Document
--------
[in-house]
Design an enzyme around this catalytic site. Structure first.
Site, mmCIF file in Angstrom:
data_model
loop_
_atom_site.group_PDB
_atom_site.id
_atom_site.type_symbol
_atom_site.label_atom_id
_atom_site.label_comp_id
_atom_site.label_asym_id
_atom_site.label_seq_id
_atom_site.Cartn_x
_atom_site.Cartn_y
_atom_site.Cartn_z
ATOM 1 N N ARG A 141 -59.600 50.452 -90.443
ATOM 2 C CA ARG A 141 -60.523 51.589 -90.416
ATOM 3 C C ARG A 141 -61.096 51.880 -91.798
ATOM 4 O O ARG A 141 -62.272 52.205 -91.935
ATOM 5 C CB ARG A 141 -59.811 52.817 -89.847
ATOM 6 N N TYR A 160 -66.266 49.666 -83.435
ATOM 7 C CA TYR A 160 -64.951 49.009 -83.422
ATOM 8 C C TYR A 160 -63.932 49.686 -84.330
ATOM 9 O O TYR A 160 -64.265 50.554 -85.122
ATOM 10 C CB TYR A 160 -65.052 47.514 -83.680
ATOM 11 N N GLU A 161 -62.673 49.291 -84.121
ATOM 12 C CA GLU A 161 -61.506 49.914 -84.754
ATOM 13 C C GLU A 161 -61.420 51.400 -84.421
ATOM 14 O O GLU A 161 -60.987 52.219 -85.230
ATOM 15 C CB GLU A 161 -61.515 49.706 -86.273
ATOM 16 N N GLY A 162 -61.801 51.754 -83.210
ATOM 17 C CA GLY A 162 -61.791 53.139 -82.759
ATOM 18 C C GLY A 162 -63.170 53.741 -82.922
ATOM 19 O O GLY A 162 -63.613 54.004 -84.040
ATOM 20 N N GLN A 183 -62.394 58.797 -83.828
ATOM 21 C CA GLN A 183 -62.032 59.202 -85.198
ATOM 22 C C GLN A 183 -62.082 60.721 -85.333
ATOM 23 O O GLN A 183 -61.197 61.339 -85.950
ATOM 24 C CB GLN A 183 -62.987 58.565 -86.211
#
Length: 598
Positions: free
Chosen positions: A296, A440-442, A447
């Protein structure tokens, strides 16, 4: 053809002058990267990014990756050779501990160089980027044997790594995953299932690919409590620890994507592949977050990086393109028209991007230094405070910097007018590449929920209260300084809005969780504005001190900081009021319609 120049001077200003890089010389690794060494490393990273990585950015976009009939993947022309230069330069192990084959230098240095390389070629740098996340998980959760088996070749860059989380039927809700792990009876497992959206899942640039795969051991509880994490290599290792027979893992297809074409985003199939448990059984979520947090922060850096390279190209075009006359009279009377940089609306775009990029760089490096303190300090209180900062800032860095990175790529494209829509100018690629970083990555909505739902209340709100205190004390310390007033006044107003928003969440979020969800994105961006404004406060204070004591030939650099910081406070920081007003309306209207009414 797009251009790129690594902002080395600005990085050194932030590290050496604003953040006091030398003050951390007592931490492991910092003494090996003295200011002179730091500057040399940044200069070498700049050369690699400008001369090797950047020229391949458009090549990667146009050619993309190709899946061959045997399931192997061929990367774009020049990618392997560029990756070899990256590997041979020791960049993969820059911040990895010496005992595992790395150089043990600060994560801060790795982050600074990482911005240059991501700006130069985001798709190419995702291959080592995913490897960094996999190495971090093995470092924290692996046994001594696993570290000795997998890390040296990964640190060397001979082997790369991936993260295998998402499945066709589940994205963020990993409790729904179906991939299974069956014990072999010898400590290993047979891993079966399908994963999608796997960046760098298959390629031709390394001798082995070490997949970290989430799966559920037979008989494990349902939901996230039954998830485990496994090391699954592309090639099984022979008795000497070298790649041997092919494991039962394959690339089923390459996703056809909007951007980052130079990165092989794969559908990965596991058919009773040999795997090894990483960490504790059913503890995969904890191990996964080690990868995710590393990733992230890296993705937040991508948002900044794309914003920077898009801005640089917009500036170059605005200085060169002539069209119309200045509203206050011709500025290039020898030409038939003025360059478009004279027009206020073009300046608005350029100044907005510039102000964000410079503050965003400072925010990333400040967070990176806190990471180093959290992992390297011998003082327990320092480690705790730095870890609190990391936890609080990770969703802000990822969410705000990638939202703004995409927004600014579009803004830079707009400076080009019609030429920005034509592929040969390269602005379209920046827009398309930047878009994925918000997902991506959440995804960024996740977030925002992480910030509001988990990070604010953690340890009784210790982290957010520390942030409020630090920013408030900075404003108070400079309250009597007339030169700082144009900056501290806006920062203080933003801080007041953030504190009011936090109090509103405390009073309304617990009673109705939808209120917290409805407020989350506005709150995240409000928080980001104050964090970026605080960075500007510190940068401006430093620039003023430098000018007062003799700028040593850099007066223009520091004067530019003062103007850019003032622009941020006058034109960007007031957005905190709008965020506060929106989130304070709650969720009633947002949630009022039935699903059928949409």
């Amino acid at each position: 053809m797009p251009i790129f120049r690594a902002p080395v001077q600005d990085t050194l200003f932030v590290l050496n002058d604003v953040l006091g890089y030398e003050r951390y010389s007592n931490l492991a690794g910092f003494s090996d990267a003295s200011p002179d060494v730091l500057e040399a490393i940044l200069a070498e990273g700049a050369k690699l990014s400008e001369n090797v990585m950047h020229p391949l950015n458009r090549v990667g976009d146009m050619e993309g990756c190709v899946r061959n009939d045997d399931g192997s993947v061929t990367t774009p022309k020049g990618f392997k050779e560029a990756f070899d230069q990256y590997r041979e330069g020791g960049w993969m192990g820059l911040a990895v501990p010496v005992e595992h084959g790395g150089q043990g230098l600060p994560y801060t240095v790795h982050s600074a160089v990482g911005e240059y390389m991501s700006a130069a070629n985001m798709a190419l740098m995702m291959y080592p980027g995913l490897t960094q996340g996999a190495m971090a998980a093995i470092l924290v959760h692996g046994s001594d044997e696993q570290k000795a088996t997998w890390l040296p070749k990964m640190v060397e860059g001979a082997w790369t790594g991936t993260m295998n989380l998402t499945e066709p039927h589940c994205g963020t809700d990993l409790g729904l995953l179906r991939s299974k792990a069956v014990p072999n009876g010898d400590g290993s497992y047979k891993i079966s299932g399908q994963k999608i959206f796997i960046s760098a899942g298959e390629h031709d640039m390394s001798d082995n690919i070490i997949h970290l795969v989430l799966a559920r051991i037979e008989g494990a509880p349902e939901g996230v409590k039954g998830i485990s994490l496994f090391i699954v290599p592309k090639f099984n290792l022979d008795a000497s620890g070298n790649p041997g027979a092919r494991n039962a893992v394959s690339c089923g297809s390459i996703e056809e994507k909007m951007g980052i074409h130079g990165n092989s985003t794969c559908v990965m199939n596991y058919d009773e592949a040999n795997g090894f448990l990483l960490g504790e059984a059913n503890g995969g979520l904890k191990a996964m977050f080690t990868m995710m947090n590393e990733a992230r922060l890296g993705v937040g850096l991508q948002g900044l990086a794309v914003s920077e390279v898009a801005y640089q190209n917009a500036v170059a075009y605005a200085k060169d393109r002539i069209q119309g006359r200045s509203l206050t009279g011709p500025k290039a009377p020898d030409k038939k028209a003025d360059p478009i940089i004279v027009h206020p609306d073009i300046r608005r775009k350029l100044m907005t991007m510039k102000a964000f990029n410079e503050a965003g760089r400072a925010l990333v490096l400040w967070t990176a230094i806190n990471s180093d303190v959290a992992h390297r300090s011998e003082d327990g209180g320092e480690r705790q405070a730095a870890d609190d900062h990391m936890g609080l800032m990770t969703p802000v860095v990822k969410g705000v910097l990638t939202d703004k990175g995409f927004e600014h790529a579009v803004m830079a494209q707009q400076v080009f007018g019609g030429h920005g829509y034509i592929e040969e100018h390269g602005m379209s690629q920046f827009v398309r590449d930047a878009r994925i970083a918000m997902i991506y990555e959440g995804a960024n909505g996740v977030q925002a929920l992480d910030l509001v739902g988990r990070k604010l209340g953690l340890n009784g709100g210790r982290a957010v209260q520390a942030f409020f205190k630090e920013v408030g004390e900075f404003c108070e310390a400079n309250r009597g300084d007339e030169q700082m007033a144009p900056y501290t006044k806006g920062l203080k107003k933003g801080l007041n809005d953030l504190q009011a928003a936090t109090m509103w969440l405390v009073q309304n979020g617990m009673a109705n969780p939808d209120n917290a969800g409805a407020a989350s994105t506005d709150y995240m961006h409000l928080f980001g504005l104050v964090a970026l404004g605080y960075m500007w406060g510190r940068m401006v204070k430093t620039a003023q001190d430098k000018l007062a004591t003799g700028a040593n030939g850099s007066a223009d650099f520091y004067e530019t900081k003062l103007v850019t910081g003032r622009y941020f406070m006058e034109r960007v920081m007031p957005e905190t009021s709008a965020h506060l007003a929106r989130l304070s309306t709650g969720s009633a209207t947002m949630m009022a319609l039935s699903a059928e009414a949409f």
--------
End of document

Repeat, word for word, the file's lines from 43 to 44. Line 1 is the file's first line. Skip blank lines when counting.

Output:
Chosen positions: A296, A440-442, A447
């Protein structure tokens, strides 16, 4: 053809002058990267990014990756050779501990160089980027044997790594995953299932690919409590620890994507592949977050990086393109028209991007230094405070910097007018590449929920209260300084809005969780504005001190900081009021319609 120049001077200003890089010389690794060494490393990273990585950015976009009939993947022309230069330069192990084959230098240095390389070629740098996340998980959760088996070749860059989380039927809700792990009876497992959206899942640039795969051991509880994490290599290792027979893992297809074409985003199939448990059984979520947090922060850096390279190209075009006359009279009377940089609306775009990029760089490096303190300090209180900062800032860095990175790529494209829509100018690629970083990555909505739902209340709100205190004390310390007033006044107003928003969440979020969800994105961006404004406060204070004591030939650099910081406070920081007003309306209207009414 797009251009790129690594902002080395600005990085050194932030590290050496604003953040006091030398003050951390007592931490492991910092003494090996003295200011002179730091500057040399940044200069070498700049050369690699400008001369090797950047020229391949458009090549990667146009050619993309190709899946061959045997399931192997061929990367774009020049990618392997560029990756070899990256590997041979020791960049993969820059911040990895010496005992595992790395150089043990600060994560801060790795982050600074990482911005240059991501700006130069985001798709190419995702291959080592995913490897960094996999190495971090093995470092924290692996046994001594696993570290000795997998890390040296990964640190060397001979082997790369991936993260295998998402499945066709589940994205963020990993409790729904179906991939299974069956014990072999010898400590290993047979891993079966399908994963999608796997960046760098298959390629031709390394001798082995070490997949970290989430799966559920037979008989494990349902939901996230039954998830485990496994090391699954592309090639099984022979008795000497070298790649041997092919494991039962394959690339089923390459996703056809909007951007980052130079990165092989794969559908990965596991058919009773040999795997090894990483960490504790059913503890995969904890191990996964080690990868995710590393990733992230890296993705937040991508948002900044794309914003920077898009801005640089917009500036170059605005200085060169002539069209119309200045509203206050011709500025290039020898030409038939003025360059478009004279027009206020073009300046608005350029100044907005510039102000964000410079503050965003400072925010990333400040967070990176806190990471180093959290992992390297011998003082327990320092480690705790730095870890609190990391936890609080990770969703802000990822969410705000990638939202703004995409927004600014579009803004830079707009400076080009019609030429920005034509592929040969390269602005379209920046827009398309930047878009994925918000997902991506959440995804960024996740977030925002992480910030509001988990990070604010953690340890009784210790982290957010520390942030409020630090920013408030900075404003108070400079309250009597007339030169700082144009900056501290806006920062203080933003801080007041953030504190009011936090109090509103405390009073309304617990009673109705939808209120917290409805407020989350506005709150995240409000928080980001104050964090970026605080960075500007510190940068401006430093620039003023430098000018007062003799700028040593850099007066223009520091004067530019003062103007850019003032622009941020006058034109960007007031957005905190709008965020506060929106989130304070709650969720009633947002949630009022039935699903059928949409």